Having come from the aristocracy, Markievicz knew about shooting and had a great interest in things military.  She wrote the Fianna handbook, taught the boys to drill and to shoot and, later, how to blow things up.  The Fianna were also sent out to rough up the Boy Scouts.  This ‘ruffianism’ was guided by two ideas: (more…)

Bosses, not robots, lay off workers

The article below is taken from the French revolutionary workers’ journal Lutte de Classe (Class Struggle).  It was translated by members of the US revolutionary group The Spark.

French Socialist Party presidential candidate Benoît Hamon justified his proposal for a universal guaranteed income by citing the “inevitable disappearance of work.” Referencing the growing role of digital technology and robots, which he believes are going to cause the destruction “of hundreds of thousands of jobs in Western economies,” he also proposed to create a tax on robots. The deputies of the European Parliament, for their part, debated last January about the need to require businesses to “publish the extent and the share of the contributions of robotics… to their financial outcomes, for the purposes of taxation and determining the amount of their social security contributions” (Les Échos, January 13, 2017).

The idea that human labor will be replaced by machines and robots, and that we are heading toward the inevitable end of work, has recently come into fashion. Does this reflect reality or the ranting of pseudo-experts, good news for humanity or the chronicle of a catastrophe foretold? All of the discussions around this question make no sense if the heart of the matter is not taken into consideration: all of the means of production, which are set in motion in a social and collective manner through a vast international division of labor, remain the private property of a tiny minority of capitalists.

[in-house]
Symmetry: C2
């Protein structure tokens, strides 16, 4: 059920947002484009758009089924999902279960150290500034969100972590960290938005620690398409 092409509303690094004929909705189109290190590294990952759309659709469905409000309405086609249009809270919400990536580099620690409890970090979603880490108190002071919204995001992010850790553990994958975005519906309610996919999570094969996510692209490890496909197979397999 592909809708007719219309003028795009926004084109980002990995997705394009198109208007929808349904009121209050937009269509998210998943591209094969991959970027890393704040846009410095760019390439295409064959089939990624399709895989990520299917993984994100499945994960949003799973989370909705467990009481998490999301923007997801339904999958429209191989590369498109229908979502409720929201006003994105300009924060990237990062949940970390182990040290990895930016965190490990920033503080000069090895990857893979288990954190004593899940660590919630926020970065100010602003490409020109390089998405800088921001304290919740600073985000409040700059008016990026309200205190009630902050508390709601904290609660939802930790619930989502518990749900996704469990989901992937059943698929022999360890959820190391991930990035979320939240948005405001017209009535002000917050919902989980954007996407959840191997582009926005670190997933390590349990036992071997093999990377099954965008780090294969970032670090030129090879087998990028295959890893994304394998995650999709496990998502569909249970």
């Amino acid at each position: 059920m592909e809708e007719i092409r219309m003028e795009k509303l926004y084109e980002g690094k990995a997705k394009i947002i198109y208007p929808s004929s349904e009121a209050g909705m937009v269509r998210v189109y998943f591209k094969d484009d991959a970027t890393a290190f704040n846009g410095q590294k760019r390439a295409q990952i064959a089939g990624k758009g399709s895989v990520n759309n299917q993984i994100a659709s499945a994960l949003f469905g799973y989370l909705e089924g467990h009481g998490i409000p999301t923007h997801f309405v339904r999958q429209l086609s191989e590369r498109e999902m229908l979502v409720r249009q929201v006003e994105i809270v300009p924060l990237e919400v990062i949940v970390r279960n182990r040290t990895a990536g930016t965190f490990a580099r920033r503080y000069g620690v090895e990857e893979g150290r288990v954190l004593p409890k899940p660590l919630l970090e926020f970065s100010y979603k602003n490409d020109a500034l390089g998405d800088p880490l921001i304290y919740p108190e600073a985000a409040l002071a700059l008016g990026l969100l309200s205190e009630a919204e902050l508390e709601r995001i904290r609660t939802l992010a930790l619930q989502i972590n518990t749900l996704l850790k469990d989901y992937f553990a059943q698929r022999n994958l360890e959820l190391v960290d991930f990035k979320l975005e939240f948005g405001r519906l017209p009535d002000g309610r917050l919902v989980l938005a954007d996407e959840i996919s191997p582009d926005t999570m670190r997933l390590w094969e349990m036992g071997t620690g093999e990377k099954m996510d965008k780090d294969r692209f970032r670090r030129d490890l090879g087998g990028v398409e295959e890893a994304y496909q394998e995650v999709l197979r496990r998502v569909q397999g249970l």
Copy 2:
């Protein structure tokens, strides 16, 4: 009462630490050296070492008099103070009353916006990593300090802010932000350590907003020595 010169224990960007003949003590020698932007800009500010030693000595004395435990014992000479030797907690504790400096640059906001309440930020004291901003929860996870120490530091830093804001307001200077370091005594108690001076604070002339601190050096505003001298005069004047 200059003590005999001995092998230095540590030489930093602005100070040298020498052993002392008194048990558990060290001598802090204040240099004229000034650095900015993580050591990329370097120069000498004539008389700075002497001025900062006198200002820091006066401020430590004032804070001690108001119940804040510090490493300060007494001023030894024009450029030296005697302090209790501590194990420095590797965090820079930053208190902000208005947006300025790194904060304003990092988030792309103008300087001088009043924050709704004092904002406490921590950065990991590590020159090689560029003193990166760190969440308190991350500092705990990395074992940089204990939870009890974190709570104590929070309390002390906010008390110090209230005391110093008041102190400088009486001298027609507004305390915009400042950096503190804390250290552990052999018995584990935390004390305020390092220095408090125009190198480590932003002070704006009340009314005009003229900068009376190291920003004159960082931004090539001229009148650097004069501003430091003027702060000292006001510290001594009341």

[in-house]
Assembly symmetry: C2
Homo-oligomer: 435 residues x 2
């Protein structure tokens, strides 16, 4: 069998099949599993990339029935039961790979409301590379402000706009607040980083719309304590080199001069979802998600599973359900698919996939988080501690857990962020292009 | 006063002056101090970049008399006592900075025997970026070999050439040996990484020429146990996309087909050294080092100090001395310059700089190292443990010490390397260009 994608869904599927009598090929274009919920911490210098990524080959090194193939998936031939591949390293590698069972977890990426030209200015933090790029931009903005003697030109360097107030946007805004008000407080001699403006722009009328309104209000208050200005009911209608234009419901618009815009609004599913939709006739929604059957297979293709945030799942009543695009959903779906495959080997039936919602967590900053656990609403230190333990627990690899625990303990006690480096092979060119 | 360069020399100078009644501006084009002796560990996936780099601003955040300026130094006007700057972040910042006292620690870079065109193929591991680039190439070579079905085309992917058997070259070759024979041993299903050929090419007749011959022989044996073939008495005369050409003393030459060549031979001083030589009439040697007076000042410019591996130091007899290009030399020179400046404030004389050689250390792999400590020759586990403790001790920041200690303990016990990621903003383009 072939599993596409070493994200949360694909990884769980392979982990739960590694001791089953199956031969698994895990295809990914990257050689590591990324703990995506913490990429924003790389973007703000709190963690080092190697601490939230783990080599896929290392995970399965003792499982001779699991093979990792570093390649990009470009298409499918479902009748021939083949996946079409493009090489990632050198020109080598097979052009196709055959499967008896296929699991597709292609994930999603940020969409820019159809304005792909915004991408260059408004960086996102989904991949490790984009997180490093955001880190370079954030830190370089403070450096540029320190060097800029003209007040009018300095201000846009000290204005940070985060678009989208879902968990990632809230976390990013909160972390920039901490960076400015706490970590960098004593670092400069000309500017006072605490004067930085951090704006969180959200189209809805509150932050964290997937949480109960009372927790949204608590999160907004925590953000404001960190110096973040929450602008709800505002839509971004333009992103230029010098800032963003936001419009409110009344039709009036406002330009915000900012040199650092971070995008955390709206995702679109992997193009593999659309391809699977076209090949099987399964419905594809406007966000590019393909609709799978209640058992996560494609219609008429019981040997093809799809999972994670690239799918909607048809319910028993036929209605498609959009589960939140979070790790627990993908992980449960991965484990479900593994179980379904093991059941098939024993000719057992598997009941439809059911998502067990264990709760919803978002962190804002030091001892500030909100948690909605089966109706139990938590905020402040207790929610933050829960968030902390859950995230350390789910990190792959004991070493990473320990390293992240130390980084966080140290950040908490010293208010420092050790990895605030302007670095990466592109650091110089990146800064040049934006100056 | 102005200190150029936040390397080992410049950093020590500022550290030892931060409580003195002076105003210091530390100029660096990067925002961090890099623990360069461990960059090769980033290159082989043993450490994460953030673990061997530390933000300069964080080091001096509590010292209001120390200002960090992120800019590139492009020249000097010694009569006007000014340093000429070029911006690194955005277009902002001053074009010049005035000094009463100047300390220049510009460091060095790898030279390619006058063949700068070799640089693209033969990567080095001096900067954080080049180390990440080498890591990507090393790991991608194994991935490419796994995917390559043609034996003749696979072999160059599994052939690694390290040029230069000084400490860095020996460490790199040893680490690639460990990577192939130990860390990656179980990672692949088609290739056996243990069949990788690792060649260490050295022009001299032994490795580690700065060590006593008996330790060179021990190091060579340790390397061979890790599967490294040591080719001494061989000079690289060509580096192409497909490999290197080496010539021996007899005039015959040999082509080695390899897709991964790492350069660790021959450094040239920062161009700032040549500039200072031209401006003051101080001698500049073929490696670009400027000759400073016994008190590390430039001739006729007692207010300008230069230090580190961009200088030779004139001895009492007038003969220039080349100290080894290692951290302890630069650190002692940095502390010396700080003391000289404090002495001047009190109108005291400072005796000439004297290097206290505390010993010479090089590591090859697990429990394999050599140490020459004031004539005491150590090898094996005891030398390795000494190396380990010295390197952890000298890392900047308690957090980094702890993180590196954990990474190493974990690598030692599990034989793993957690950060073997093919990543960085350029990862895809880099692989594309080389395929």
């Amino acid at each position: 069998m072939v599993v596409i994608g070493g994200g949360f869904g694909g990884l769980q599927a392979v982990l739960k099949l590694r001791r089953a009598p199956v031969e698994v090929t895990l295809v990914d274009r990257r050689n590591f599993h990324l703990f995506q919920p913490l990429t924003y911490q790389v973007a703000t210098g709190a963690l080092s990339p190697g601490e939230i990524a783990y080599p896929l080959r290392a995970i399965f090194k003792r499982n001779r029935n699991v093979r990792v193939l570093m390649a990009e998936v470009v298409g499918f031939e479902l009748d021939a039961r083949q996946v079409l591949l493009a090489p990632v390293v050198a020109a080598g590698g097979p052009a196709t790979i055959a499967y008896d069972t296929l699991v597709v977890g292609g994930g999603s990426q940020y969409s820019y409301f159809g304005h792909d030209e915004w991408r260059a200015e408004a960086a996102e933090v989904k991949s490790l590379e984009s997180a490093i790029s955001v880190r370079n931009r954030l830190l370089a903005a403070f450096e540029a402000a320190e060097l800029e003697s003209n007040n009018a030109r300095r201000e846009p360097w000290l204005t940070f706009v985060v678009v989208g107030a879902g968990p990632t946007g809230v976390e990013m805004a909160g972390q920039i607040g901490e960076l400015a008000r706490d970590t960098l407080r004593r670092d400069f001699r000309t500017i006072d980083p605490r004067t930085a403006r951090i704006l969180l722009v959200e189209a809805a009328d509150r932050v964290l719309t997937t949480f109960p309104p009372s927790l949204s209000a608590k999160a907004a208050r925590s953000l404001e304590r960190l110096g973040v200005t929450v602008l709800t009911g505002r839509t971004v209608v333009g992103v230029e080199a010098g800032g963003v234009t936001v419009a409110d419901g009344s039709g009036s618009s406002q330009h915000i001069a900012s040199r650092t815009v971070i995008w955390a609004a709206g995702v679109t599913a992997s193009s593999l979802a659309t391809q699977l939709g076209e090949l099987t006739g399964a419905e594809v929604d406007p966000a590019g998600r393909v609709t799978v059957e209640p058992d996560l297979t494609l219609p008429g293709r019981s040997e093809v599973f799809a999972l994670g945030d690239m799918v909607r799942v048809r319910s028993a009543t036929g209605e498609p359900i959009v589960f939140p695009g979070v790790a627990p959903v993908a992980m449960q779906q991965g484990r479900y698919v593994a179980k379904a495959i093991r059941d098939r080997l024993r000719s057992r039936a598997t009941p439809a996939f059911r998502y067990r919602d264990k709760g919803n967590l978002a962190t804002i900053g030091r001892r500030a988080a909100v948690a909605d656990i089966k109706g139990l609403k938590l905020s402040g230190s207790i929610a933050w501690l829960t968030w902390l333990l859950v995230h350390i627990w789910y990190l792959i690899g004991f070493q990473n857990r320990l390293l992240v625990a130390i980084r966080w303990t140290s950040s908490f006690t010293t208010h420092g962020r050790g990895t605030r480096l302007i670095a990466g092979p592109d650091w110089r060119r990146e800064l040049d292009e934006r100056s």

In order to justify their propositions, Hamon and the European deputies rely on a range of studies, such as one made by the think tank France Stratégie, according to which 3.4 million jobs in France are in danger of disappearing over the next ten years. In 2013, two researchers at the University of Oxford, Carl Benedikt Frey and Michael Osborne, maintained that 47% of U.S. jobs are at “high risk,” meaning that they “could be automated relatively soon, perhaps over the next decade or two.” They base their arguments on the progress that has apparently been achieved in the fields of robotics and machine learning, which would allow machines to carry out (more…)

Camilo Mones

Camilo Mones worked and organized for decades at the PepsiCo plant in Buenos Aires until this past June, when the corporation abruptly closed it and about 700 workers were fired. Today, he continues to fight alongside other dismissed workers for the factory’s reopening.